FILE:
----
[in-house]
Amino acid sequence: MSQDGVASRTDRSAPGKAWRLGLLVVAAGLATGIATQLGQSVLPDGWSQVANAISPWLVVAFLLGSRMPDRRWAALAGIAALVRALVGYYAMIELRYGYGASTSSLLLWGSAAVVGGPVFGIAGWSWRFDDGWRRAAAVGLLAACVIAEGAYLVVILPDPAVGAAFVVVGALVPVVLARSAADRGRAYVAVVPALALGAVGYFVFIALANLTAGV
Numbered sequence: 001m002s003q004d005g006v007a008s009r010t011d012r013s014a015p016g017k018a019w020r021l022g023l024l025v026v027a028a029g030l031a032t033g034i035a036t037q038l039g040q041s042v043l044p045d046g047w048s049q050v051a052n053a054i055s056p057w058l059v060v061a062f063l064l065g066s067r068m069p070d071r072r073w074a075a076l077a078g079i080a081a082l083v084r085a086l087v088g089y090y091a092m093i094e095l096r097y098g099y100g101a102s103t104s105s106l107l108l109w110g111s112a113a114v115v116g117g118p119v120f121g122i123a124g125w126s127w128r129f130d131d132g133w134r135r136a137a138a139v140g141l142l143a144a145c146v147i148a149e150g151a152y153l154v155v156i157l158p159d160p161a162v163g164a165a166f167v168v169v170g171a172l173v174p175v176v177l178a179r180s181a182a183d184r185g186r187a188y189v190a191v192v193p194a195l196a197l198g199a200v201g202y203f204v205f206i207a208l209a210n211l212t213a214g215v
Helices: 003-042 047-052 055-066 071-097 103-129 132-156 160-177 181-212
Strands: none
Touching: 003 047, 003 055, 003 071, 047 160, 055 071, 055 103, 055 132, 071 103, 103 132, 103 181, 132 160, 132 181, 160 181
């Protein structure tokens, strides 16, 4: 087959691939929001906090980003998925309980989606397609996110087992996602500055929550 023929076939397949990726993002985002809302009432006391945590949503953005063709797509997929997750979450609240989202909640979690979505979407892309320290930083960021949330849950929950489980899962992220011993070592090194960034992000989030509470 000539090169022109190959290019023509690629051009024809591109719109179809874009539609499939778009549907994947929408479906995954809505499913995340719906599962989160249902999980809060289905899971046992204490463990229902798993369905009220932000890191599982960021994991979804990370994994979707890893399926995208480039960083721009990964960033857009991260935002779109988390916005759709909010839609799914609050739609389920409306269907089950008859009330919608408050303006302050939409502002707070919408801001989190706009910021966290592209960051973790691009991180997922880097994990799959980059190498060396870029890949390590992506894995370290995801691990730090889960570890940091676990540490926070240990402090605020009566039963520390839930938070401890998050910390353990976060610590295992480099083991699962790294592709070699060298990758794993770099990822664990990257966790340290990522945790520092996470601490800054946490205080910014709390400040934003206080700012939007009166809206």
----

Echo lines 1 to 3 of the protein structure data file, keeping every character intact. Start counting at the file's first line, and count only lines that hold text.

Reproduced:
[in-house]
Amino acid sequence: MSQDGVASRTDRSAPGKAWRLGLLVVAAGLATGIATQLGQSVLPDGWSQVANAISPWLVVAFLLGSRMPDRRWAALAGIAALVRALVGYYAMIELRYGYGASTSSLLLWGSAAVVGGPVFGIAGWSWRFDDGWRRAAAVGLLAACVIAEGAYLVVILPDPAVGAAFVVVGALVPVVLARSAADRGRAYVAVVPALALGAVGYFVFIALANLTAGV
Numbered sequence: 001m002s003q004d005g006v007a008s009r010t011d012r013s014a015p016g017k018a019w020r021l022g023l024l025v026v027a028a029g030l031a032t033g034i035a036t037q038l039g040q041s042v043l044p045d046g047w048s049q050v051a052n053a054i055s056p057w058l059v060v061a062f063l064l065g066s067r068m069p070d071r072r073w074a075a076l077a078g079i080a081a082l083v084r085a086l087v088g089y090y091a092m093i094e095l096r097y098g099y100g101a102s103t104s105s106l107l108l109w110g111s112a113a114v115v116g117g118p119v120f121g122i123a124g125w126s127w128r129f130d131d132g133w134r135r136a137a138a139v140g141l142l143a144a145c146v147i148a149e150g151a152y153l154v155v156i157l158p159d160p161a162v163g164a165a166f167v168v169v170g171a172l173v174p175v176v177l178a179r180s181a182a183d184r185g186r187a188y189v190a191v192v193p194a195l196a197l198g199a200v201g202y203f204v205f206i207a208l209a210n211l212t213a214g215v